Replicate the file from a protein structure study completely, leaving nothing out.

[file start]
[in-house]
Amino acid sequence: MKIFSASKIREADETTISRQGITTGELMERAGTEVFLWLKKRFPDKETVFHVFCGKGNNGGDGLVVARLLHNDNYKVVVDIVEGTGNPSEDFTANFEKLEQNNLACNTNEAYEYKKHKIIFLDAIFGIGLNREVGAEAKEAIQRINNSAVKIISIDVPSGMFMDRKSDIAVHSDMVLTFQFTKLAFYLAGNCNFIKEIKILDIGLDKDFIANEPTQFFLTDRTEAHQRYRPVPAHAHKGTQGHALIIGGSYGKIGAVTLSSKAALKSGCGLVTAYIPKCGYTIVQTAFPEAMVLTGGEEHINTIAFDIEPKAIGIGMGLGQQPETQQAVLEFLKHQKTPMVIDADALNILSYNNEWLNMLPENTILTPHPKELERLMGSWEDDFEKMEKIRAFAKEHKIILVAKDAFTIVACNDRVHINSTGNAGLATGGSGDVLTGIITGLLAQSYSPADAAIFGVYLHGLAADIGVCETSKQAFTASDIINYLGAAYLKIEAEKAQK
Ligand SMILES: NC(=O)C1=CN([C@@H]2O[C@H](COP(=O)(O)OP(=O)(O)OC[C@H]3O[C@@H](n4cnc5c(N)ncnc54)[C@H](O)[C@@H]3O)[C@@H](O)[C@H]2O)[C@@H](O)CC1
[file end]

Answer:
[in-house]
Amino acid sequence: MKIFSASKIREADETTISRQGITTGELMERAGTEVFLWLKKRFPDKETVFHVFCGKGNNGGDGLVVARLLHNDNYKVVVDIVEGTGNPSEDFTANFEKLEQNNLACNTNEAYEYKKHKIIFLDAIFGIGLNREVGAEAKEAIQRINNSAVKIISIDVPSGMFMDRKSDIAVHSDMVLTFQFTKLAFYLAGNCNFIKEIKILDIGLDKDFIANEPTQFFLTDRTEAHQRYRPVPAHAHKGTQGHALIIGGSYGKIGAVTLSSKAALKSGCGLVTAYIPKCGYTIVQTAFPEAMVLTGGEEHINTIAFDIEPKAIGIGMGLGQQPETQQAVLEFLKHQKTPMVIDADALNILSYNNEWLNMLPENTILTPHPKELERLMGSWEDDFEKMEKIRAFAKEHKIILVAKDAFTIVACNDRVHINSTGNAGLATGGSGDVLTGIITGLLAQSYSPADAAIFGVYLHGLAADIGVCETSKQAFTASDIINYLGAAYLKIEAEKAQK
Ligand SMILES: NC(=O)C1=CN([C@@H]2O[C@H](COP(=O)(O)OP(=O)(O)OC[C@H]3O[C@@H](n4cnc5c(N)ncnc54)[C@H](O)[C@@H]3O)[C@@H](O)[C@H]2O)[C@@H](O)CC1